‘But Isis is gone and now it’s Kurdish and who?’: Trump reveals ignorance of Yazidi persecution

Nadia Murad won Nobel Peace Prize in 2018 for campaign to end sexual violence in war

Richard Hall
Middle East Correspondent
Thursday 18 July 2019 15:01
‘But ISIS is gone and now it's Kurdish and who?' Donald Trump speaks with Nobel laureate Nadia Murad during meeting with survivors of religious persecution

For years, Yazidi genocide survivor Nadia Murad has travelled the world to spread the word about the horrific crimes Isis committed against her people, and was awarded the Nobel Peace Prize for her efforts.

But despite Donald Trump frequently claiming credit for defeating the terror group, he appeared unfamiliar with Ms Murad’s work when the two met at the White House on Wednesday.

As Ms Murad finished telling Mr Trump the story of how her family was killed when Isis ran rampage across northern Iraq in 2014, and of her own abduction by the group, the president replied: “And you had the Nobel Prize? That’s incredible. They gave it to you for what reason?”

Ms Murad then asked Mr Trump to press Iraqi and Kurdish authorities to do more for the survivors of the Isis genocide, and to allow Yazidis to return home.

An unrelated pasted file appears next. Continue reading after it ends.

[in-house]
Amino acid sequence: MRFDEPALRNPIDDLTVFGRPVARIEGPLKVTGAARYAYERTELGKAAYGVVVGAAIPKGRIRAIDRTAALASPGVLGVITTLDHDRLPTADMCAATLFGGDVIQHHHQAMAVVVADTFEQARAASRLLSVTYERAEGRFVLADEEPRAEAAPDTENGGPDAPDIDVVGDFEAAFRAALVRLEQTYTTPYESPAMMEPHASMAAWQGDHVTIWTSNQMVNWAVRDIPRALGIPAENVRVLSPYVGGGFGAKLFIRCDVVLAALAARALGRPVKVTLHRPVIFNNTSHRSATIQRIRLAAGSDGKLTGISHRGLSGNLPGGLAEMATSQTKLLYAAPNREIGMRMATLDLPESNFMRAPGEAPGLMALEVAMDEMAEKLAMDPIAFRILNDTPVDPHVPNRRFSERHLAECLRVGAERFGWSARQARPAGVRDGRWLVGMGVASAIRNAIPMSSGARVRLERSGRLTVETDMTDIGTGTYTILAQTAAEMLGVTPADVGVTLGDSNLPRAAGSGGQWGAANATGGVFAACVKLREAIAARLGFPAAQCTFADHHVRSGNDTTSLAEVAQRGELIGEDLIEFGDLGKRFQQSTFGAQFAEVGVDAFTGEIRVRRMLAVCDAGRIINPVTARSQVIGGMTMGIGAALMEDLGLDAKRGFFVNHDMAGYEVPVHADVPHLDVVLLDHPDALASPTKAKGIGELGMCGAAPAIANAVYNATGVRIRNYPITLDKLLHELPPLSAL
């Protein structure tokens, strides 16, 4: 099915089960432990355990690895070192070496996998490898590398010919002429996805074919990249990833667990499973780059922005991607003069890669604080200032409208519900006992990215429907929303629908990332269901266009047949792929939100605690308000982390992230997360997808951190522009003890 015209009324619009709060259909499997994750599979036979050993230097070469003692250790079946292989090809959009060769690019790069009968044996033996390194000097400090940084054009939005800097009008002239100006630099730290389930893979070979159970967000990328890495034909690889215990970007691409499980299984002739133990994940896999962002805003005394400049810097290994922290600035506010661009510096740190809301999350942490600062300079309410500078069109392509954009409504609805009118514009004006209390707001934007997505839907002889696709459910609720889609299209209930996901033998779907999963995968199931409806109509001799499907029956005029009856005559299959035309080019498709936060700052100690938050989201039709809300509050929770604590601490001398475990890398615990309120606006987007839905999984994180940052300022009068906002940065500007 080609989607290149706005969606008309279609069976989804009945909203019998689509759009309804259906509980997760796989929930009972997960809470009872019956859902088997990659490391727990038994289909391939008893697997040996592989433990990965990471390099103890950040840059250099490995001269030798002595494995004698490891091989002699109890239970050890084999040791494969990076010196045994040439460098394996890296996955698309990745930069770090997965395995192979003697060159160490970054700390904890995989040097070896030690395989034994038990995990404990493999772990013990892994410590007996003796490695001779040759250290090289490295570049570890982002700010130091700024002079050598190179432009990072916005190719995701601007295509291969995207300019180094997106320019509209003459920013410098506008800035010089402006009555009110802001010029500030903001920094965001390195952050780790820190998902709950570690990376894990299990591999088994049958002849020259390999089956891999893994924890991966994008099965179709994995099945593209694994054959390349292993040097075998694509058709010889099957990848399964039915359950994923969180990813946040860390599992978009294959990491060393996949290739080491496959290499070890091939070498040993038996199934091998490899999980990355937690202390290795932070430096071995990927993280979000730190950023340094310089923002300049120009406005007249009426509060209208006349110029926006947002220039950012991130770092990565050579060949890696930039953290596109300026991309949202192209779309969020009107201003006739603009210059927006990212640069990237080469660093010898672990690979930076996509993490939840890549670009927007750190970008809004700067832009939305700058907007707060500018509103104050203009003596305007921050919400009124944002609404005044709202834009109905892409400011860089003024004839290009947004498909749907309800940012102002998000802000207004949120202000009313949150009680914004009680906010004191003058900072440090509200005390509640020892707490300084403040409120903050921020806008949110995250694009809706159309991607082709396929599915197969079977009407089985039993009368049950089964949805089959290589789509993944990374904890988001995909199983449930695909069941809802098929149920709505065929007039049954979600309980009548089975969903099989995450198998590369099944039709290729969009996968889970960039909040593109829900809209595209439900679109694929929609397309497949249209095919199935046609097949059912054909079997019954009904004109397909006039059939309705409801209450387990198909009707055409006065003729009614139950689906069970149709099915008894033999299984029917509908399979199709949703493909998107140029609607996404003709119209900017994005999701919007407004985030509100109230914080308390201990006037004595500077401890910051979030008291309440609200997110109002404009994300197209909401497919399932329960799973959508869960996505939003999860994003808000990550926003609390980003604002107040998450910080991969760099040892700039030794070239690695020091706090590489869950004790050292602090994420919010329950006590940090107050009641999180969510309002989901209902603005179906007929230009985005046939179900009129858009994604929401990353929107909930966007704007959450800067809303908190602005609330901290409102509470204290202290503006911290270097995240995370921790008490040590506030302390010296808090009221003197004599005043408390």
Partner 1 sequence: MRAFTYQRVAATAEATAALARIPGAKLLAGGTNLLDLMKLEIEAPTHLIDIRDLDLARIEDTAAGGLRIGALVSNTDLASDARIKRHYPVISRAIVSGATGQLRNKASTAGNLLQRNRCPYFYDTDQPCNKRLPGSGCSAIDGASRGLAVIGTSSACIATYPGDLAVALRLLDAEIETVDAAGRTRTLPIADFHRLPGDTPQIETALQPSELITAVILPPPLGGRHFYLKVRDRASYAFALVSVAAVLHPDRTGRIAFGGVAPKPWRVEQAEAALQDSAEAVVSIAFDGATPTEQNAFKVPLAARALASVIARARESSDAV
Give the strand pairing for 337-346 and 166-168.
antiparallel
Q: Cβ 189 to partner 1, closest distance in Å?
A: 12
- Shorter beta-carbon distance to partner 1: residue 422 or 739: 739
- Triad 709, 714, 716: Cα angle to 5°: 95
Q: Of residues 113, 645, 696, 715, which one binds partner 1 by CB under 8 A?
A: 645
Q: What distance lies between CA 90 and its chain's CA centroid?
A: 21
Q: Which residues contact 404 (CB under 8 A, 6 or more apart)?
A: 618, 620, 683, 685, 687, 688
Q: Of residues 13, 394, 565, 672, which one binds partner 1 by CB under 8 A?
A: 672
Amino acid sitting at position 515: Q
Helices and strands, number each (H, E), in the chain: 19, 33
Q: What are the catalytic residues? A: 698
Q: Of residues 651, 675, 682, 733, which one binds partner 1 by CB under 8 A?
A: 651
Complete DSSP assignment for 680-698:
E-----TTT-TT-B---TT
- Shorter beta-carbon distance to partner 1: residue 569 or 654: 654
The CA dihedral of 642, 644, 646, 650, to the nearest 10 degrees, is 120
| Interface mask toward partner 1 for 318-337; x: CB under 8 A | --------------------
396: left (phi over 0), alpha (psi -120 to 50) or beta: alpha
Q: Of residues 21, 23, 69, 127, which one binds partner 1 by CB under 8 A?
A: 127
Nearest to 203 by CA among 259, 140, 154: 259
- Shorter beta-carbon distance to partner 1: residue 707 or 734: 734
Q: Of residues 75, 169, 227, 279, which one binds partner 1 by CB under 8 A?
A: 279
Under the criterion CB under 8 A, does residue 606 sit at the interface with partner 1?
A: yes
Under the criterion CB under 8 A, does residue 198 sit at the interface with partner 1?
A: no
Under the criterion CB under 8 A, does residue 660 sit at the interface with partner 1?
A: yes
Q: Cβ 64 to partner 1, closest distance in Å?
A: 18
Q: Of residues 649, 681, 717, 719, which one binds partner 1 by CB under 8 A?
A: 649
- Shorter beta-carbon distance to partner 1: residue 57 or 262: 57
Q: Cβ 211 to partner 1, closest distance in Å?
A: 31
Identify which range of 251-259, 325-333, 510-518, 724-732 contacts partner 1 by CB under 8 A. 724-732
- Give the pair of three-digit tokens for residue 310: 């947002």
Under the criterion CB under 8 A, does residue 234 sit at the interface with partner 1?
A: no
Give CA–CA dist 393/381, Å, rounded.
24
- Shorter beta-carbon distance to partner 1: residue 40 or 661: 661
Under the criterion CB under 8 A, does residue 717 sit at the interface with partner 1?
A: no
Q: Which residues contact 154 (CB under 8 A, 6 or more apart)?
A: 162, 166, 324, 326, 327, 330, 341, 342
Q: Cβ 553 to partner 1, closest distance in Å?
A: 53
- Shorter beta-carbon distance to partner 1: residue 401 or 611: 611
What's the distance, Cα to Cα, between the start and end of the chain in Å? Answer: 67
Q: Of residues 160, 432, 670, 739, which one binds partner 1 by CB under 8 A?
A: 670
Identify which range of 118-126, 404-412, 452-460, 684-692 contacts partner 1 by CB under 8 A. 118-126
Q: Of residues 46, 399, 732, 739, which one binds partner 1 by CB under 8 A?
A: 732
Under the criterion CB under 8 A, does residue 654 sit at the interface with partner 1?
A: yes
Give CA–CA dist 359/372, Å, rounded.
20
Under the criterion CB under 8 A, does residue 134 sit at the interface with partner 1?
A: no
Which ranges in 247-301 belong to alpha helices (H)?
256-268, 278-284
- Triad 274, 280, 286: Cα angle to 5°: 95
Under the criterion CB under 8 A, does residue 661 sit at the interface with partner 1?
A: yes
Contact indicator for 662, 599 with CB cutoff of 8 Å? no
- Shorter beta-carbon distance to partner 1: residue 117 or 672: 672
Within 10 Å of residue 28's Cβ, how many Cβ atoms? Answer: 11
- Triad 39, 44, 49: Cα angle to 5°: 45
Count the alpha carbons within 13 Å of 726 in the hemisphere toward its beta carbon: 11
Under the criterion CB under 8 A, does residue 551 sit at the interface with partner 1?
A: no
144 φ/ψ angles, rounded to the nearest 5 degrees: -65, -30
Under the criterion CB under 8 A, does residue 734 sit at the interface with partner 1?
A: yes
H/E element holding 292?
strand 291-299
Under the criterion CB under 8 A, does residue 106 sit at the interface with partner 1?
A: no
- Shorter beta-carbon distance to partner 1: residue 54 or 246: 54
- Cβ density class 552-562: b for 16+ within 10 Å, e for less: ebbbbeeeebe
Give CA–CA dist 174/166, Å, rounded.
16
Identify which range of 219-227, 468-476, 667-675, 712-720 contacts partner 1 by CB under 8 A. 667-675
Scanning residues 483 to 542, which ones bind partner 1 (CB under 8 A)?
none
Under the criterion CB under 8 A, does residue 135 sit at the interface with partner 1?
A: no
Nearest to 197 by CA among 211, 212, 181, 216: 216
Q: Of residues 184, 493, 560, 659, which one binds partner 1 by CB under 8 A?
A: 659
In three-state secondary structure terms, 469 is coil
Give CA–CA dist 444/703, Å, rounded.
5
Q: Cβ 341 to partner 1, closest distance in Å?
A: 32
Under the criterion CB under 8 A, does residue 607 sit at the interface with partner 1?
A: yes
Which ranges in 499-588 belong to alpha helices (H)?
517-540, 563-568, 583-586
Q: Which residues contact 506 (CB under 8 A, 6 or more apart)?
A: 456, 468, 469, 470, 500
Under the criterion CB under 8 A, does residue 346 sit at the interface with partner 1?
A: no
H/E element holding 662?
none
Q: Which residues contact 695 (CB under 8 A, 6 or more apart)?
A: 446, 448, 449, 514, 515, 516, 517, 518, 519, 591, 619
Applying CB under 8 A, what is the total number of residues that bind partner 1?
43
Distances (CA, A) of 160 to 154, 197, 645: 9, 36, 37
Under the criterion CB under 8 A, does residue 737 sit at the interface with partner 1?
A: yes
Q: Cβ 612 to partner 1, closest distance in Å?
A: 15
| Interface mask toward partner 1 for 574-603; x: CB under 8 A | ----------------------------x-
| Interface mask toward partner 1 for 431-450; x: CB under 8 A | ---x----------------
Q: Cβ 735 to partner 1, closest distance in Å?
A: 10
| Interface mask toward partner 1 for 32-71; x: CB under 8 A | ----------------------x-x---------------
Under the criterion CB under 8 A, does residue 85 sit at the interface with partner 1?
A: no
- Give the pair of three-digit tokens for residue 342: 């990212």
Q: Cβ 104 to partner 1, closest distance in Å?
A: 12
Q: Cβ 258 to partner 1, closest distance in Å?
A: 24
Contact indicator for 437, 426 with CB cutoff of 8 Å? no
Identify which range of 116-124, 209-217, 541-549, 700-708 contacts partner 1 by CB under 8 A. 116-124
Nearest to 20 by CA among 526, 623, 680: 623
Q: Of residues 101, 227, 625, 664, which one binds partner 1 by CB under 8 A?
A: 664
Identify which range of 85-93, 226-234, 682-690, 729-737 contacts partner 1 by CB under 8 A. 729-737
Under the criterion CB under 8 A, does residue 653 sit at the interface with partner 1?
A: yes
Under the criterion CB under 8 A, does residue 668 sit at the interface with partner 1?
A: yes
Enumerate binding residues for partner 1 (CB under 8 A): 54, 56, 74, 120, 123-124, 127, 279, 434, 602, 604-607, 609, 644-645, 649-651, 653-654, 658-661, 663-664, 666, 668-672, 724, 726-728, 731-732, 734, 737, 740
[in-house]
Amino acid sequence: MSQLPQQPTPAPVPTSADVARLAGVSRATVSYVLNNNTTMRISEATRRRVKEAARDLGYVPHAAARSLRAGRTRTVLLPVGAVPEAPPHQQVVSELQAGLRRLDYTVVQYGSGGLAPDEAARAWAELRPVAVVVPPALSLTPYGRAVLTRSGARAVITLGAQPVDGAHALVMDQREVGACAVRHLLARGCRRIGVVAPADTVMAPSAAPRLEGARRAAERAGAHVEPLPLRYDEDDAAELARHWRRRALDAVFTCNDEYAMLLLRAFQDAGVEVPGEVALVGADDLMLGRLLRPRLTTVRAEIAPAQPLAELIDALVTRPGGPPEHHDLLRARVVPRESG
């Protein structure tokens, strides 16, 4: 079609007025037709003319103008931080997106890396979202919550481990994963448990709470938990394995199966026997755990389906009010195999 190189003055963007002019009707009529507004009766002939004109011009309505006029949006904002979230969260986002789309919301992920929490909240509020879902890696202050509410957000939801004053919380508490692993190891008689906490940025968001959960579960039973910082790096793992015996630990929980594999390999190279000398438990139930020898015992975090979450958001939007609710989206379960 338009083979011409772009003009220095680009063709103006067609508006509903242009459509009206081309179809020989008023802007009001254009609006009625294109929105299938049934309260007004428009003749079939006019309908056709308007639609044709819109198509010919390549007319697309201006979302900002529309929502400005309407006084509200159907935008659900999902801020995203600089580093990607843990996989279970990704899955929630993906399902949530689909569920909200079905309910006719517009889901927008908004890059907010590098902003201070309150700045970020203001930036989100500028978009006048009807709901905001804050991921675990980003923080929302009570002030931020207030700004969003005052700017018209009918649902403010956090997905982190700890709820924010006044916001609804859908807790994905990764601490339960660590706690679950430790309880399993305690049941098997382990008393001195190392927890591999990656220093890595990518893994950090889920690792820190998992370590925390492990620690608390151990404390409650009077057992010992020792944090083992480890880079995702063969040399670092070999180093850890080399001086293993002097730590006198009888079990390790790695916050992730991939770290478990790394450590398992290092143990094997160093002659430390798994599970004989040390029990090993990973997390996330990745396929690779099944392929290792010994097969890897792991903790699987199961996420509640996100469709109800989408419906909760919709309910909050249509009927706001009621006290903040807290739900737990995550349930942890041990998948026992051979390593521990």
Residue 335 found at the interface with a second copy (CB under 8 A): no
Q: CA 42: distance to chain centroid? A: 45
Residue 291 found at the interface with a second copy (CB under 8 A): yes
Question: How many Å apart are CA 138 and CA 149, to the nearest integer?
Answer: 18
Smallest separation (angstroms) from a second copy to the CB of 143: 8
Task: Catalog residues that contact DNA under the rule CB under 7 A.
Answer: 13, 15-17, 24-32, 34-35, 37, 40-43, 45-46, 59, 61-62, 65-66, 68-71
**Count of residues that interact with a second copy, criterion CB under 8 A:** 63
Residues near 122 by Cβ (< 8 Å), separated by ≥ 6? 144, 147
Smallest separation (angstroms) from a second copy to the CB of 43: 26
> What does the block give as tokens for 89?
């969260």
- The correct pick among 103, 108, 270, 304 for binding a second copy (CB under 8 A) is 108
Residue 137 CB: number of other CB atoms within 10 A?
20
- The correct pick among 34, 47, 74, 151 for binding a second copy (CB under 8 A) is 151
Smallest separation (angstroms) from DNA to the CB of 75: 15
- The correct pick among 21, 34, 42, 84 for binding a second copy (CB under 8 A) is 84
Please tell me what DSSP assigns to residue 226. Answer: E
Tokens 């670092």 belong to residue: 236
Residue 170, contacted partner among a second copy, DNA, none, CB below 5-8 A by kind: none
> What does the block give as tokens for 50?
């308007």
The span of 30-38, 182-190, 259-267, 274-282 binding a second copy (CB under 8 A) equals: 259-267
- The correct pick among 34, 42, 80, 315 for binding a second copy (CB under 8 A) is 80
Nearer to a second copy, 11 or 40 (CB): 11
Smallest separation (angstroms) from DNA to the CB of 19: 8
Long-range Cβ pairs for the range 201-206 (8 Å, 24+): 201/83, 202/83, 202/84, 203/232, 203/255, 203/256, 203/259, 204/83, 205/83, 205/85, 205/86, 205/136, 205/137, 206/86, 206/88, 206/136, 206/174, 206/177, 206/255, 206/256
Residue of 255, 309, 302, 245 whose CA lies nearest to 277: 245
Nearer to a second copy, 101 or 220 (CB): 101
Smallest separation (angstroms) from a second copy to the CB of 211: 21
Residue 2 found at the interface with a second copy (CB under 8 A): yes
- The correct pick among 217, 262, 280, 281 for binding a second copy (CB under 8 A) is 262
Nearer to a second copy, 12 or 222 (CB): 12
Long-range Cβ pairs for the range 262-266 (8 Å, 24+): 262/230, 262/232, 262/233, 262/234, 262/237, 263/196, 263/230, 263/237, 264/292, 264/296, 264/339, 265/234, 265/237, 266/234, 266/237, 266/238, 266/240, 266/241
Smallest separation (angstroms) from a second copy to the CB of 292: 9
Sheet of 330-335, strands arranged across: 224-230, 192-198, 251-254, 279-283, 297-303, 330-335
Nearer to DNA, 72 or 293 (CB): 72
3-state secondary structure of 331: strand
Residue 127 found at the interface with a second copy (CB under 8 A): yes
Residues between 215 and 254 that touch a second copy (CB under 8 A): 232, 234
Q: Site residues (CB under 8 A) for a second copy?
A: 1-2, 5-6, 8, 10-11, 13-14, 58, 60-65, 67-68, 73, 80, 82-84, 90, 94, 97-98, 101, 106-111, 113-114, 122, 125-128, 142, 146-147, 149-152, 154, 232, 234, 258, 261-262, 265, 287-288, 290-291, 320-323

“But Isis is gone and now it’s Kurdish and who?” he responded.

Mr Trump said that he would “look into it very strongly”.

The interaction took place at an Oval Office meeting between the president and a group of survivors of religious persecution, on the sidelines of a State Department conference on religious freedom. Also present was a representative of the Rohingya, a Muslim minority targeted in a state-orchestrated massacre in their home country of Myanmar.

Thousands of Yazidis were killed and more than 6,000 women and children were taken captive by Isis in the summer of 2014, when the terror group carried out a murderous rampage against the small religious minority in their traditional homeland in northern Iraq.

The UN would later declare the attack on Sinjar, and the enslavement of Yazidi women, a genocide. Many Yazidis are still living in displacement camps within Iraq, unable to return to their devastated towns and villages.

Ms Murad was among the women who were taken into slavery by Isis, when she was 19 years old. She escaped after three months, and has spent her time since helping women and children who are victims of abuse and human trafficking. In 2018, she was jointly awarded the Nobel Prize, along with Congolese doctor Denis Mukwege, “for their efforts to end the use of sexual violence as a weapon of war and armed conflict”.

“My people cannot go back,” she told the president in an impassioned plea. “After 2014, 95,000 Yazidis emigrated to Germany, not because we want to be refugees, but because we cannot find a safe place to live. I’m still fighting to live in safety.”

“Please do something. It’s not about one family,” she said.

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